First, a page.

I am not a peak oiler, except in so far as my own rampant oil consumption contributes to leading us ever rapidly towards peak oil. Nevertheless, it does not take a genious to realize that our level of oil (fossil fuels, generally speaking) consumption is unsustainable. What is unclear to me is what energy future we face. Are the gloomers right? Will things come to a screeching halt? Will we see starvation, riots, and the like? Will we be faced with a situation in which we come face to face with the reality that we need to produce our own food and have no resources, cultural and/or physical with which to do so? Are the peak oil and climate change deniers right? Is there plenty of oil out there, enough to keep on keepin’ on without worrying too much about it? Is climate change not happening? Or, are the middlers right? We are faced with peak oil and climate change, but when push comes to shove altenative energy technologies will rapidly come on-line and be made widely available and technology and cultural changes will enable us to deal effectively with the worst consequences of climate change.
I am a cautious middler. I am not fool enough to ignore the cycle of the rise and fall of “great” civilizations throughout history. I just don’t see the challenges that we currently face as the catalyst for such a cataclysm. Regardless of how much I hate it, the remarkable thing about capitalism (and this is a thing for which Marx also regarded it with a degree of awe) is its ability to revolutionize itself. Barring literal impossibility, capitalism will come to our fossil fuel crisis rescue, as long as it responds to market signals in time. It is not widely known, for example, that there are currently fuel-cell powered vehicles on the road. The only thing keeping fuel cell technology from replacing the internal combustion engine is human will and the need to come up with a viable and efficient way to capture and distribute hydrogen. So too alternative energy production technologies. Once oil (and other fossil fuels) becomes unprofitable, or substantially less profitable, alternative technologies that prove to be profitable will quickly become available. Wind, solar, geothermal, hydro, etc. Companies will dive into them with reckless abandon. Some will thrive. Some will fail. In the end, a combination of alternative technologies, or even a single alternative technology, will be arrived at that keeps the infernal machine happily chugging along. Capitalism will not be toppled by a simple technological challenge. Only a concerted effort by people can bring capitalism to its knees.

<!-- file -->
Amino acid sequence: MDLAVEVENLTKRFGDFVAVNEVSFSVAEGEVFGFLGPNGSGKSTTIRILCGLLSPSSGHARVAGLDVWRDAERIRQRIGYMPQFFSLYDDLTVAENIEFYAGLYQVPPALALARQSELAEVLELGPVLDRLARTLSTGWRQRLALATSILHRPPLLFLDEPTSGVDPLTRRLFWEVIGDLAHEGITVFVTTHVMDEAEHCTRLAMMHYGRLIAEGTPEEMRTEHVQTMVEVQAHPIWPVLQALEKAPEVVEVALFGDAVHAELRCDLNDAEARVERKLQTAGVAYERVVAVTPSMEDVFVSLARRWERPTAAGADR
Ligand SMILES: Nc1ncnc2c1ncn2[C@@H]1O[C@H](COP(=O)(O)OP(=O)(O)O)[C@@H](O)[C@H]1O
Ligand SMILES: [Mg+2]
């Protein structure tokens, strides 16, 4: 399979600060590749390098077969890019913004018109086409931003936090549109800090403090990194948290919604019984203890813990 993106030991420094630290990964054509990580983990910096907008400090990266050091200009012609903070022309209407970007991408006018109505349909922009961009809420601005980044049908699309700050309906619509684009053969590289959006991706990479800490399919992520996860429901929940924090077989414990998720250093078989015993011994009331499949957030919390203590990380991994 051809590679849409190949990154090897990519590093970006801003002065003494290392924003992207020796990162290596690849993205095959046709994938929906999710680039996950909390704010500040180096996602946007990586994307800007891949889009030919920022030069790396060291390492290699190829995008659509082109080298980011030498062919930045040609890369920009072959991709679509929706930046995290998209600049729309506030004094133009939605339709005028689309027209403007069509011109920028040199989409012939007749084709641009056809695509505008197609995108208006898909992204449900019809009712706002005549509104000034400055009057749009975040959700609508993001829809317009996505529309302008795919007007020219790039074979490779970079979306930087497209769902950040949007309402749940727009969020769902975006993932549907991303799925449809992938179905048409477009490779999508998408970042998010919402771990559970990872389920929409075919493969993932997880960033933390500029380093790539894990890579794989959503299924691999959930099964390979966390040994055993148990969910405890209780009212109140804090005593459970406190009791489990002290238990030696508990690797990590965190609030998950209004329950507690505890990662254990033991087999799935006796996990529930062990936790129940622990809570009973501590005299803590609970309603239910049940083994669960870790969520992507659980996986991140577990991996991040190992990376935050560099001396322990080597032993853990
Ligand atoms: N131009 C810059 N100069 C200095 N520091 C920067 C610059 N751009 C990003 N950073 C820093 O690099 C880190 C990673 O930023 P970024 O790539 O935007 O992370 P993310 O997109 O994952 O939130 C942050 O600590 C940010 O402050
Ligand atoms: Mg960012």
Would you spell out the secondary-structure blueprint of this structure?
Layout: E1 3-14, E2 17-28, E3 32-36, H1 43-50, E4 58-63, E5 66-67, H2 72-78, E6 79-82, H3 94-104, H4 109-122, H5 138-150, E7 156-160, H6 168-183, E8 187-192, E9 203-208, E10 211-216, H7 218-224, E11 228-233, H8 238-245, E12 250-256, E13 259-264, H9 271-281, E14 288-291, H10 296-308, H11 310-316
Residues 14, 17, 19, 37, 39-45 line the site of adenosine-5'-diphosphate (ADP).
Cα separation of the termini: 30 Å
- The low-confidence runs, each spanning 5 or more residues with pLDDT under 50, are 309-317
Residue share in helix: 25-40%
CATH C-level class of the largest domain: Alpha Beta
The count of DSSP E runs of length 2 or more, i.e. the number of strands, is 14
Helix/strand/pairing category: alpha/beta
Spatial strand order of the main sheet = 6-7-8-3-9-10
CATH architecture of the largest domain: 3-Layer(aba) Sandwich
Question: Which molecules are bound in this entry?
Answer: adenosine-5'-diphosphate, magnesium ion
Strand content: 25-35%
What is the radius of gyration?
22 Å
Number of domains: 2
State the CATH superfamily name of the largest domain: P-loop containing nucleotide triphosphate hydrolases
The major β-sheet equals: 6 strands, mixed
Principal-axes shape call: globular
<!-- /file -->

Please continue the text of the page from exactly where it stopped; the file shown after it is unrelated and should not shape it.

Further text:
Whether these changes will come about in time to mitigate the worst effects of climate change, or whether they will help us weather them, will of course remain to be seen. I do not think that can be predicted well enough to think too much about it.
What is “certain” (truthfully, I am about as certain about this as I am about tomorrow’s lottery numbers) to me is that our energy future is bright (sorry, couldn’t resist). Twenty-five years from now the only thing remarkable about my tractor will be the quiet of the electric motor and the fact that using it produces some of the water with which I water my livestock and gardens.
Oil will be seen for what it was, a dirty, slimy thing over which countless millions died brutal deaths, and by which hundreds of millions of acres and whole oceans of water were ruined, nearly beyond recovery. Oh, the brutality of capitalism will continue. Fuel cells need platinum, another mined, finite resource, after all. I said our energy future was bright, not just.